Urbanization News June 17

ECA International, the world’s leader in the development and provision of solutions for the management and assignment of employees, around the world just release its international cost of living survey.  There were a few notable results, especially in Australia as Sydney rose from the 29th to 16th most expensive city and all major Australian cities rose up the ranking into the top 30. The most expensive city in the world remains Tokyo, Japan.

Top Ten most Expensive Cities in the World:

2011 rank

Location

Country

2010 rank

1
Tokyo
Japan
1
2
Oslo
Norway
2
3
Nagoya
Japan
4
4
Stavanger
Norway
6
5
Yokohama
Japan
5
6
Zurich
Switzerland
10
7
Luanda
Angola
3
8
Geneva
Switzerland
9
9
Kobe
Japan
7
10
Bern
Switzerland
11

Did you know that track trespassing is the largest cause of unnatural deaths in Mumbai?  In 2009 about 10 people per day died by being hit as they crossed the tracks.  To curb these dangerous, but often necessary treks across Mumbai’s train tracks an unorthodox experiment has been taking place as official made slight changes to the areas near the tracks with  India’s new Train Safety Campaign:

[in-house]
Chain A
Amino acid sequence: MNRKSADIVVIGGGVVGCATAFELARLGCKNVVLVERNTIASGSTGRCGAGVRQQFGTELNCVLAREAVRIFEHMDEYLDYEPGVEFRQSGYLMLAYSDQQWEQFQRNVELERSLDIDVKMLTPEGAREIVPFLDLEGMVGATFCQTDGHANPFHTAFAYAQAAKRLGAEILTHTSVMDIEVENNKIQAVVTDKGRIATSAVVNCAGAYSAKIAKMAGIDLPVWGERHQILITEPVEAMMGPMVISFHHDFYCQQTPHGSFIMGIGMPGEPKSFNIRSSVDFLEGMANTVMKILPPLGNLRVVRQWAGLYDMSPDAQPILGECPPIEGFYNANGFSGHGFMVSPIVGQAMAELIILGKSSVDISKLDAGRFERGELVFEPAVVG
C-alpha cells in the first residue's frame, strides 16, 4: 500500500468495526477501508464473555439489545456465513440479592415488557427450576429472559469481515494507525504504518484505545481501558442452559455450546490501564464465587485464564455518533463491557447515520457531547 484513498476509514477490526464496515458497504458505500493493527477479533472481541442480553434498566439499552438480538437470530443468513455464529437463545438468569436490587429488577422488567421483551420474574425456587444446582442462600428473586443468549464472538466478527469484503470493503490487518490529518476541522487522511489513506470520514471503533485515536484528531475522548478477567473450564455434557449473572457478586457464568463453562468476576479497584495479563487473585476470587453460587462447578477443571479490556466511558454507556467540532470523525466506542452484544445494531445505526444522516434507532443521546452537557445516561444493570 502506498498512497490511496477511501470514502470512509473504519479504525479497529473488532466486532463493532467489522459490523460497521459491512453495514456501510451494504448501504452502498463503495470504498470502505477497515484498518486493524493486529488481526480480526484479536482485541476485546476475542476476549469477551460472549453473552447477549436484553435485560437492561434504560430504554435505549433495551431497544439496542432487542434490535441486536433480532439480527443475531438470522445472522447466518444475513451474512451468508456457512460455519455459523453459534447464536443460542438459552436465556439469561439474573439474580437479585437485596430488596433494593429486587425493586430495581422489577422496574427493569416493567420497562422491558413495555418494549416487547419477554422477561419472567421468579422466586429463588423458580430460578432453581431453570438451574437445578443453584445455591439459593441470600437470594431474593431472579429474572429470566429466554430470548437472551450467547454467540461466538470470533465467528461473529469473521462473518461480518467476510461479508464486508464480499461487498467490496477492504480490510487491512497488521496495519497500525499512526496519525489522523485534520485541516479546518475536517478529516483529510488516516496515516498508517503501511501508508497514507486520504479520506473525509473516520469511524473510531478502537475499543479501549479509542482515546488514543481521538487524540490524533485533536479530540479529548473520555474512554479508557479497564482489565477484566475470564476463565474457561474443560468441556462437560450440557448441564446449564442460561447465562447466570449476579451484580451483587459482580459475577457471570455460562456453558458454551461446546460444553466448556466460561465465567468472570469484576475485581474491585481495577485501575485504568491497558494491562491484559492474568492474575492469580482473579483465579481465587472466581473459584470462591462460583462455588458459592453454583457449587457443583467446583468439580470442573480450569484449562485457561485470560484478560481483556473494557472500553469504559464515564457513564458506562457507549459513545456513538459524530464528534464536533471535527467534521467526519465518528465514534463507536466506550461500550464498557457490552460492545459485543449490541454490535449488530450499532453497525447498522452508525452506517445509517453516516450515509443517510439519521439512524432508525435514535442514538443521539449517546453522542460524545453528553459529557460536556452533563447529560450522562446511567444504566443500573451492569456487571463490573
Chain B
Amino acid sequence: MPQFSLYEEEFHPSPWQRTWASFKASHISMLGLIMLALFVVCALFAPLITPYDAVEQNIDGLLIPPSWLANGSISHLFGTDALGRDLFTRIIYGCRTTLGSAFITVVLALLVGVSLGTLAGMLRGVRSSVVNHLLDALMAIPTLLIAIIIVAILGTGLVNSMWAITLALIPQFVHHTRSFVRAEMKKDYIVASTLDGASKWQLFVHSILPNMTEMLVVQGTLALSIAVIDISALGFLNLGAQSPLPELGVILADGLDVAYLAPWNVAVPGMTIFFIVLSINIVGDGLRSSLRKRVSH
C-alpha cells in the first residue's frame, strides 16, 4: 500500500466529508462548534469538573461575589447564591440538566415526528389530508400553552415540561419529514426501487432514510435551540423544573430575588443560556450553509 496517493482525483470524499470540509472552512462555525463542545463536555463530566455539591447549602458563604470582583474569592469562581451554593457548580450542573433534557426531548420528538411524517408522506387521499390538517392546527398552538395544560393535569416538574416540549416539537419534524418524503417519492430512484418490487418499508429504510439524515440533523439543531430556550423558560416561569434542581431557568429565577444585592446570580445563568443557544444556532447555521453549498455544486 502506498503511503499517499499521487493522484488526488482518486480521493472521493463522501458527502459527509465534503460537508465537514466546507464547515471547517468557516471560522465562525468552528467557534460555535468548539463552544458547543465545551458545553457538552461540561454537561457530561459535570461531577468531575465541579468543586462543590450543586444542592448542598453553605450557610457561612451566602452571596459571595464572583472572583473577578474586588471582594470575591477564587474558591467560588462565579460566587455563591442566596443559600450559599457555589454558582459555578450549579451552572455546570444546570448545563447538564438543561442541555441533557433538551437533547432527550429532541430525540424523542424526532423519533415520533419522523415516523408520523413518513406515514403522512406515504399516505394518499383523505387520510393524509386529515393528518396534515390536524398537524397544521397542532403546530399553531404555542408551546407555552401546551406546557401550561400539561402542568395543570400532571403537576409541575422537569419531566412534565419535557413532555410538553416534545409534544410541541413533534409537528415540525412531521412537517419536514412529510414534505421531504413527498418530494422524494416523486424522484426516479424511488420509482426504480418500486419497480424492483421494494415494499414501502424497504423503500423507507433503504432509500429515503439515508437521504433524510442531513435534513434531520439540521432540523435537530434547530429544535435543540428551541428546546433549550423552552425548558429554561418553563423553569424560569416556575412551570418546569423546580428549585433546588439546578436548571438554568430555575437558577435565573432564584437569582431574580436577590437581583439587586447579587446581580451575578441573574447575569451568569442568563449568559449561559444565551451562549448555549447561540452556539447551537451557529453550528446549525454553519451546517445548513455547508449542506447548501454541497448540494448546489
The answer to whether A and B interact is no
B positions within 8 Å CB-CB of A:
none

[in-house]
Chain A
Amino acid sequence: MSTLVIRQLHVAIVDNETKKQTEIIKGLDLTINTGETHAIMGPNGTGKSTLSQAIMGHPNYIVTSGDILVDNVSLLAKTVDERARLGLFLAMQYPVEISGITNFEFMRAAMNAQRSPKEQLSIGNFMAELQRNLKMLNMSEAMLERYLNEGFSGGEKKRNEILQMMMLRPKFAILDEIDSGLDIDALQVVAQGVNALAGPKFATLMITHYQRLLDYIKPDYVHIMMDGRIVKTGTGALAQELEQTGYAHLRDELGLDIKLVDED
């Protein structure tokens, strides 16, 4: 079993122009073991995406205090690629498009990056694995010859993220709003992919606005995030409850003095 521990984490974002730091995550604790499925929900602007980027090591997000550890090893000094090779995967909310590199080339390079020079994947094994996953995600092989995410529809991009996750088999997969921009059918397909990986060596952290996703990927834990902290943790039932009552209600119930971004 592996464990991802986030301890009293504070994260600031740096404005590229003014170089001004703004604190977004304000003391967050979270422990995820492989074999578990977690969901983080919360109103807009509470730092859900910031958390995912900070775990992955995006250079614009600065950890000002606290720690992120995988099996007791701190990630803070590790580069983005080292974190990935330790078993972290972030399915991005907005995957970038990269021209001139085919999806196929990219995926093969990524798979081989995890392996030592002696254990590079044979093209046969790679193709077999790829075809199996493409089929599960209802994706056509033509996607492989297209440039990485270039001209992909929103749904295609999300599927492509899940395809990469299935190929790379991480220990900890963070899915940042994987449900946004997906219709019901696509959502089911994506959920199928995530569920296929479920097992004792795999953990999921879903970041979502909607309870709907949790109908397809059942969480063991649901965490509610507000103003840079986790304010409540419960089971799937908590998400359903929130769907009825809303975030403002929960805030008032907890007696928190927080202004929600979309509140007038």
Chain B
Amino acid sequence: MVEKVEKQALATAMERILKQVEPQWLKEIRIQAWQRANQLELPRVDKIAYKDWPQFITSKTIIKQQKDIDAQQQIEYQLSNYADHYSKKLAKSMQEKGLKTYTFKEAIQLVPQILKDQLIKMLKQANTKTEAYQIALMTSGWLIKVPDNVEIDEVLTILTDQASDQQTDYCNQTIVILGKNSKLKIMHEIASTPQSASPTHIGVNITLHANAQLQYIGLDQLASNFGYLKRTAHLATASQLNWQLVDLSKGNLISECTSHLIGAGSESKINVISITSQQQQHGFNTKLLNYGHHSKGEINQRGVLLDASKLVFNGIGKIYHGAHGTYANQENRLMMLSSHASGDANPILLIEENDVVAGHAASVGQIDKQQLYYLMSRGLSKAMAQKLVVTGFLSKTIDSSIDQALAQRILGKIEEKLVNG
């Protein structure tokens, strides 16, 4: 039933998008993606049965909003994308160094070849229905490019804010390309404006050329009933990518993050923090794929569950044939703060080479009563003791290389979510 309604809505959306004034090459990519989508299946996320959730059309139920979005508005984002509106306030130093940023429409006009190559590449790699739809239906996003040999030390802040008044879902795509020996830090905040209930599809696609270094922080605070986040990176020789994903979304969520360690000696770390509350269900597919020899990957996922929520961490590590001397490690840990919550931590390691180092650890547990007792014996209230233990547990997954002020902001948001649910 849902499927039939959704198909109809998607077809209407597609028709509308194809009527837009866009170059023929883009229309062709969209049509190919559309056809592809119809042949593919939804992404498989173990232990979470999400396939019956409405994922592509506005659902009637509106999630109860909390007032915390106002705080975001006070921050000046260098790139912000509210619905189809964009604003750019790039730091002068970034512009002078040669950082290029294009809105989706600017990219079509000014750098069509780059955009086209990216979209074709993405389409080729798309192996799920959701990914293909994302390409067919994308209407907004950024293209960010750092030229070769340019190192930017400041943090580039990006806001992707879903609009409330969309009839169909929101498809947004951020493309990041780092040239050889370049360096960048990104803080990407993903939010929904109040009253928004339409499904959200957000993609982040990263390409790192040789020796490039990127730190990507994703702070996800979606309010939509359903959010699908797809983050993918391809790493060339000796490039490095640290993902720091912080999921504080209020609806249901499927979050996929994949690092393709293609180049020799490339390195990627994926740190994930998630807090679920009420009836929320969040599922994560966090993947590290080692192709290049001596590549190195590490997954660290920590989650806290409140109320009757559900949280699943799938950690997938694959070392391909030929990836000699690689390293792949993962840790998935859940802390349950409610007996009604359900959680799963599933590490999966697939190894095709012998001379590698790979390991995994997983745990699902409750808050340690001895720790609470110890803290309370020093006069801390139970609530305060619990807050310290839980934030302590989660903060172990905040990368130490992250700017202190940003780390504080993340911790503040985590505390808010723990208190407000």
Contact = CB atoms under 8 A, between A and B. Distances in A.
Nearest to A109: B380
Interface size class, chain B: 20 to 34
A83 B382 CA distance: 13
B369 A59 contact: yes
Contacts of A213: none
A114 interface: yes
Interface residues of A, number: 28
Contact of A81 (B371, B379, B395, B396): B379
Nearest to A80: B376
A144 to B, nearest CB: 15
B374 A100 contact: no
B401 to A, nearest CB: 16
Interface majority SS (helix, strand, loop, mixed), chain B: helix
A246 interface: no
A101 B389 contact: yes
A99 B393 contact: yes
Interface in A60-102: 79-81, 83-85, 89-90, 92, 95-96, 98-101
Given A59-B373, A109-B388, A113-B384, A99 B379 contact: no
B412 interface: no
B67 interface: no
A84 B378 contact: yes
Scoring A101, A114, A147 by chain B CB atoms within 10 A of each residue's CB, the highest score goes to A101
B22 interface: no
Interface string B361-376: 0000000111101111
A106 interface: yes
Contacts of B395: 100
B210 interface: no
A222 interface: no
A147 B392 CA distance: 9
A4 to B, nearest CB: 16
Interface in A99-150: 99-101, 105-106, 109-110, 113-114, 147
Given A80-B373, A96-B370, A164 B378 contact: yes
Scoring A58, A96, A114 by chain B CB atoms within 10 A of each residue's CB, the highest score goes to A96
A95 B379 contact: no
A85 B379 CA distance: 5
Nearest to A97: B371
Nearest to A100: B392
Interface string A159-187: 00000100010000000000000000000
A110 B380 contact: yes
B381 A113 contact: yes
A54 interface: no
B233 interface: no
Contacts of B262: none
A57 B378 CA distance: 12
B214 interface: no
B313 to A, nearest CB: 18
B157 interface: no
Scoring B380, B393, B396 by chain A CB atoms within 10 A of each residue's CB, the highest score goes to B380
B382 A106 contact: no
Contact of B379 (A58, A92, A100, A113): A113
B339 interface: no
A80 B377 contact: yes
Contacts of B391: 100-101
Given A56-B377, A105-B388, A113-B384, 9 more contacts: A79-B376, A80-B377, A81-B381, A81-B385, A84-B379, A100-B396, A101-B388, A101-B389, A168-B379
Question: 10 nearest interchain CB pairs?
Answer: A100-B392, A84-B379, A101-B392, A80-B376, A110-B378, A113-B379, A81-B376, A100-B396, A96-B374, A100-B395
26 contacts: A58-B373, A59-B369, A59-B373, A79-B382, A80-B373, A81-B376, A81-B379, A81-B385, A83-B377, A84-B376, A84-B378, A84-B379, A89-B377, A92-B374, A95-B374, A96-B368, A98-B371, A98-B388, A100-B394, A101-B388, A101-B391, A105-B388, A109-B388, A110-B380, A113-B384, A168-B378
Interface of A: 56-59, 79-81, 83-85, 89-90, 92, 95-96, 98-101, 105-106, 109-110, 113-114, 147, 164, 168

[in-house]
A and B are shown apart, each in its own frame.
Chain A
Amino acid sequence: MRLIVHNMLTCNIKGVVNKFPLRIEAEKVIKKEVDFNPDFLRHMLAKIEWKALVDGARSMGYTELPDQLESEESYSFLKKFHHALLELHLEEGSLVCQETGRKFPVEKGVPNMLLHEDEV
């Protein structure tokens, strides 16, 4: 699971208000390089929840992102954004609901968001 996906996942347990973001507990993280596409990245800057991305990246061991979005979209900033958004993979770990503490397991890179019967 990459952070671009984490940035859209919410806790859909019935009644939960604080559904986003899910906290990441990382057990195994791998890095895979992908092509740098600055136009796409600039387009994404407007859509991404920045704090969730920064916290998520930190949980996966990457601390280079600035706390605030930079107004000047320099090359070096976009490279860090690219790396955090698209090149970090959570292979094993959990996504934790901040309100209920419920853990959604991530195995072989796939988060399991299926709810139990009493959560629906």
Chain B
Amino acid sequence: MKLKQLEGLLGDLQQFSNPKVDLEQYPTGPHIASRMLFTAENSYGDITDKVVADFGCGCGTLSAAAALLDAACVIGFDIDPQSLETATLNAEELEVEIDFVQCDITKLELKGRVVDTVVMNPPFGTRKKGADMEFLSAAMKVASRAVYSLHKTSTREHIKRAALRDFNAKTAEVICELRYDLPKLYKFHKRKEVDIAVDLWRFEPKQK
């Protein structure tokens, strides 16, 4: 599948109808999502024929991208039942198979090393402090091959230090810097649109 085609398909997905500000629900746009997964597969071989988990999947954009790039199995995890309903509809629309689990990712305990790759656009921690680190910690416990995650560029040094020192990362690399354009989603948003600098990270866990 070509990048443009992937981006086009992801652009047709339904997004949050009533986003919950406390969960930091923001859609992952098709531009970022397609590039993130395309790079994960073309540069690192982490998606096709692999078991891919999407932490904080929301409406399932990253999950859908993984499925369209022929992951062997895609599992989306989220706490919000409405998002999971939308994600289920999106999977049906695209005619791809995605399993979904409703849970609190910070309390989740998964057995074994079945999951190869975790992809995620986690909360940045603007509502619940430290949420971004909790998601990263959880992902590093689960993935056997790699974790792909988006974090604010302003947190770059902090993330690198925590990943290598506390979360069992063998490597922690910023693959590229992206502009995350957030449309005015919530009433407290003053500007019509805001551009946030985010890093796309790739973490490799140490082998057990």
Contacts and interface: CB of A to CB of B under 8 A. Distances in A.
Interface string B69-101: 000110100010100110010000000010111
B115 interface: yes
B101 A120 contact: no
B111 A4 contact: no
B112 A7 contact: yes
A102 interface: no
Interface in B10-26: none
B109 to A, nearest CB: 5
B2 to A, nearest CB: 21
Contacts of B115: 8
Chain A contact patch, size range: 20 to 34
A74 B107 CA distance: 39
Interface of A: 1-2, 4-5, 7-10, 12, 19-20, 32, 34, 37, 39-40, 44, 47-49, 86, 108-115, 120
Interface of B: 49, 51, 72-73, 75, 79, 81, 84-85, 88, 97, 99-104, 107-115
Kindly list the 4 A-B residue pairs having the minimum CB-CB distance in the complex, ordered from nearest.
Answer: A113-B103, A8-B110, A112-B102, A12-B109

On the surface, the experiment involves small, odd changes. Certain railway ties have been painted bright yellow; a new kind of signboard has been installed near the tracks; engine drivers have modified the way they hoot their warning whistles. This modest tinkering has had dramatic results. In the six months before the experiment went live in December 2009, Wadala had recorded 23 track-crossing deaths, said M. C. Chauhan, a manager with the Central Railway’s Mumbai division. Between January and June 2010, that number had dropped to nine; in the next eight months, up until February 2011, only one death was registered. Read more from the Boston Globe.

High-Speed Trains in China to Run Slower I know many transportation junkies that are excited about the opening of the Beijing-Shanghai bullet train this summer, hopefully they will not be too disappointed by this weeks announcement that it will be running slower than expected:

China’s troubled Railway Ministry on Monday lowered the top operating speed for its flagship Beijing-to-Shanghai bullet train, which is set to open later this month, scaling down what was supposed to be a pinnacle of a transformed rail system that has become one of the country’s proudest and most ambitious domestic initiatives. The new line, once set to run at up to 236 miles per hour, will instead run trains at 186 and 155 miles per hour, the ministry announced. Read more from the New York Times.

Leave a Reply

Fill in your details below or click an icon to log in:

WordPress.com Logo

You are commenting using your WordPress.com account. Log Out / Change )

Twitter picture

You are commenting using your Twitter account. Log Out / Change )

Facebook photo

You are commenting using your Facebook account. Log Out / Change )

Google+ photo

You are commenting using your Google+ account. Log Out / Change )

Connecting to %s

%d bloggers like this: